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Poly-paraphyly of Hirudinidae: many lineages of medicinal leeches.
BMC Evol Biol. 2009 Oct 07; 9:246.BE

Abstract

BACKGROUND

Medicinal leeches became infamous for their utility in bloodletting popularized in the 19th century, and have seen a recent resurgence in post-operative treatments for flap and replantation surgeries, and in terms of characterization of salivary anticoagulants. Notorious throughout the world, the quintessential leech family Hirudinidae has been taken for granted to be monophyletic, as has the non-bloodfeeding family Haemopidae.

RESULTS

This study is the first to evaluate molecular evidence from hirudinid and haemopid leeches in a manner that encompasses the global scope of their taxonomic distributions. We evaluated the presumed monophyly of the Hirudinidae and assessed previous well-accepted classification schemes. The Hirudinidae were found not to be monophyletic, falling instead into two distinct and unrelated clades. Members of the non-bloodfeeding family Haemopidae were scattered throughout the tree and among traditional hirudinid genera. A combination of nuclear 18S rDNA and 28S rDNA with mitochondrial 12S rDNA and cytochrome c oxidase I were analyzed with Parsimony and with Bayesian methods.

CONCLUSION

The family Hirudinidae must be refined to include only the clade containing Hirudo medicinalis (European medicinal leech) and related leeches irrespective of bloodfeeding behavior. A second clade containing Macrobdella decora (North American medicinal leech) and its relatives may yet be recognized in Semiscolecidae in order to avoid paraphyly. The African distribution of species from each of the divergent hirudinid clades suggests that a deep divergence took place in the history of the medicinal leeches hundreds of millions of years ago.

Authors+Show Affiliations

Department of Biology, The Graduate Center, The City University of New York, New York, NY, USA. ajphillips@amnh.orgNo affiliation info available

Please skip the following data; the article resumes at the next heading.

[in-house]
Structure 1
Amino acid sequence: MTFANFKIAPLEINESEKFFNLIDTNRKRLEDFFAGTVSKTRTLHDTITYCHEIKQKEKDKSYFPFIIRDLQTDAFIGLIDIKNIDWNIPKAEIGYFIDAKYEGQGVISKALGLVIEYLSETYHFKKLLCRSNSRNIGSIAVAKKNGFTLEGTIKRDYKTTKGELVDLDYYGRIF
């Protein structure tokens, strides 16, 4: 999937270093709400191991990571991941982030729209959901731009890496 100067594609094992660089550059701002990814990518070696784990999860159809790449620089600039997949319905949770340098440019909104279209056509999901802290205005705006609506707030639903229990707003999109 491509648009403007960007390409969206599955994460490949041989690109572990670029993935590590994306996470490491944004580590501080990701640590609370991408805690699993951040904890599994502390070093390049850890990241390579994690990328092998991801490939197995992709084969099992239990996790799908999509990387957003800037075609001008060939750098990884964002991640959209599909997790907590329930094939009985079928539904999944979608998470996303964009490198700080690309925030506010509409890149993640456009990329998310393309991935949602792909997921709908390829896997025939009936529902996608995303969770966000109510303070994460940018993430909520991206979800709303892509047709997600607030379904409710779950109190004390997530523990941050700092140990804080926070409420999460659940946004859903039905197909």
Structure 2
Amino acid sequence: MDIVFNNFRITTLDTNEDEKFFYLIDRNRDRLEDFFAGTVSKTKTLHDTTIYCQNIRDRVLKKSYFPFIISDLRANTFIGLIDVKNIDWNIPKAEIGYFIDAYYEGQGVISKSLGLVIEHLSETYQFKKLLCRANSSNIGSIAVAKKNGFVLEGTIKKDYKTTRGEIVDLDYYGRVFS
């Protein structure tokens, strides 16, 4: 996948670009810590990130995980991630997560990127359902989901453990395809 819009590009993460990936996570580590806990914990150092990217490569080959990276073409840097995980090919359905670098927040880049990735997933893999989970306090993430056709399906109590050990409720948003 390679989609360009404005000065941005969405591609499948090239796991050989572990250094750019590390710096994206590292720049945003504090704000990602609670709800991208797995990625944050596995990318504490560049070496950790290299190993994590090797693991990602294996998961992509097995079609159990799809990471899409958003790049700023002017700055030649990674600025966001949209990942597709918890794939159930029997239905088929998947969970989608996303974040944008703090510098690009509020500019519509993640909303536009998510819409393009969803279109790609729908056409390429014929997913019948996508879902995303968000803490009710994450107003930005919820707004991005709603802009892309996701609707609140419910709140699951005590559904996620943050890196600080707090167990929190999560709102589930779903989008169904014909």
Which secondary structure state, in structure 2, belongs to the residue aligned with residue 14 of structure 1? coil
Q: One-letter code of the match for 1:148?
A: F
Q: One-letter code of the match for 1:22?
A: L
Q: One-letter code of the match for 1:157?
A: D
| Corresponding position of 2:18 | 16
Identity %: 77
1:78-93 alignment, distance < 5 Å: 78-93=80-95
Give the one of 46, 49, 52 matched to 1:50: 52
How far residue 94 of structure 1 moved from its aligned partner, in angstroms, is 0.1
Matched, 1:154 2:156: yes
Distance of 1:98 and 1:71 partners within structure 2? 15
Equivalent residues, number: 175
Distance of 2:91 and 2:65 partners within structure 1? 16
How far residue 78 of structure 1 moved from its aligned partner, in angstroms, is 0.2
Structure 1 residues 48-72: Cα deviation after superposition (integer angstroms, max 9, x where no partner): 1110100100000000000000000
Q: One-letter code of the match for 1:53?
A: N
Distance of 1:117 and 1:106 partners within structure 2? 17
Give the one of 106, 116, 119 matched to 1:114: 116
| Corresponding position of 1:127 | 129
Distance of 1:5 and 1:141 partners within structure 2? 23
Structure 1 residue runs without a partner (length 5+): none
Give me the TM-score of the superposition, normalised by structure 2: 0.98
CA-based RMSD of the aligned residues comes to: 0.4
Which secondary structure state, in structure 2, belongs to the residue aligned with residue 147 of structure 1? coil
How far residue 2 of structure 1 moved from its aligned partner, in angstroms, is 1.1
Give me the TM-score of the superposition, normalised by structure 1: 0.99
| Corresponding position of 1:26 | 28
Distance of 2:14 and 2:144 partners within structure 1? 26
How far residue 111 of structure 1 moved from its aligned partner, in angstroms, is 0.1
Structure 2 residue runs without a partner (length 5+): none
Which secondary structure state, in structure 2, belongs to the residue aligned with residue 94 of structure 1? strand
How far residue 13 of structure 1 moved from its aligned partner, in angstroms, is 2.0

Pub Type(s)

Journal Article
Research Support, Non-U.S. Gov't
Research Support, U.S. Gov't, Non-P.H.S.

Language

eng

PubMed ID

19811660

Citation

Phillips, Anna J., and Mark E. Siddall. "Poly-paraphyly of Hirudinidae: Many Lineages of Medicinal Leeches." BMC Evolutionary Biology, vol. 9, 2009, p. 246.
Phillips AJ, Siddall ME. Poly-paraphyly of Hirudinidae: many lineages of medicinal leeches. BMC Evol Biol. 2009;9:246.
Phillips, A. J., & Siddall, M. E. (2009). Poly-paraphyly of Hirudinidae: many lineages of medicinal leeches. BMC Evolutionary Biology, 9, 246. https://doi.org/10.1186/1471-2148-9-246
Phillips AJ, Siddall ME. Poly-paraphyly of Hirudinidae: Many Lineages of Medicinal Leeches. BMC Evol Biol. 2009 Oct 7;9:246. PubMed PMID: 19811660.
* Article titles in AMA citation format should be in sentence-case
TY - JOUR T1 - Poly-paraphyly of Hirudinidae: many lineages of medicinal leeches. AU - Phillips,Anna J, AU - Siddall,Mark E, Y1 - 2009/10/07/ PY - 2009/04/02/received PY - 2009/10/07/accepted PY - 2009/10/9/entrez PY - 2009/10/9/pubmed PY - 2009/11/17/medline SP - 246 EP - 246 JF - BMC evolutionary biology JO - BMC Evol. Biol. VL - 9 N2 - BACKGROUND: Medicinal leeches became infamous for their utility in bloodletting popularized in the 19th century, and have seen a recent resurgence in post-operative treatments for flap and replantation surgeries, and in terms of characterization of salivary anticoagulants. Notorious throughout the world, the quintessential leech family Hirudinidae has been taken for granted to be monophyletic, as has the non-bloodfeeding family Haemopidae. RESULTS: This study is the first to evaluate molecular evidence from hirudinid and haemopid leeches in a manner that encompasses the global scope of their taxonomic distributions. We evaluated the presumed monophyly of the Hirudinidae and assessed previous well-accepted classification schemes. The Hirudinidae were found not to be monophyletic, falling instead into two distinct and unrelated clades. Members of the non-bloodfeeding family Haemopidae were scattered throughout the tree and among traditional hirudinid genera. A combination of nuclear 18S rDNA and 28S rDNA with mitochondrial 12S rDNA and cytochrome c oxidase I were analyzed with Parsimony and with Bayesian methods. CONCLUSION: The family Hirudinidae must be refined to include only the clade containing Hirudo medicinalis (European medicinal leech) and related leeches irrespective of bloodfeeding behavior. A second clade containing Macrobdella decora (North American medicinal leech) and its relatives may yet be recognized in Semiscolecidae in order to avoid paraphyly. The African distribution of species from each of the divergent hirudinid clades suggests that a deep divergence took place in the history of the medicinal leeches hundreds of millions of years ago. SN - 1471-2148 UR - https://www.unboundmedicine.com/medline/citation/19811660/Poly_paraphyly_of_Hirudinidae:_many_lineages_of_medicinal_leeches_ L2 - https://bmcevolbiol.biomedcentral.com/articles/10.1186/1471-2148-9-246 DB - PRIME DP - Unbound Medicine ER -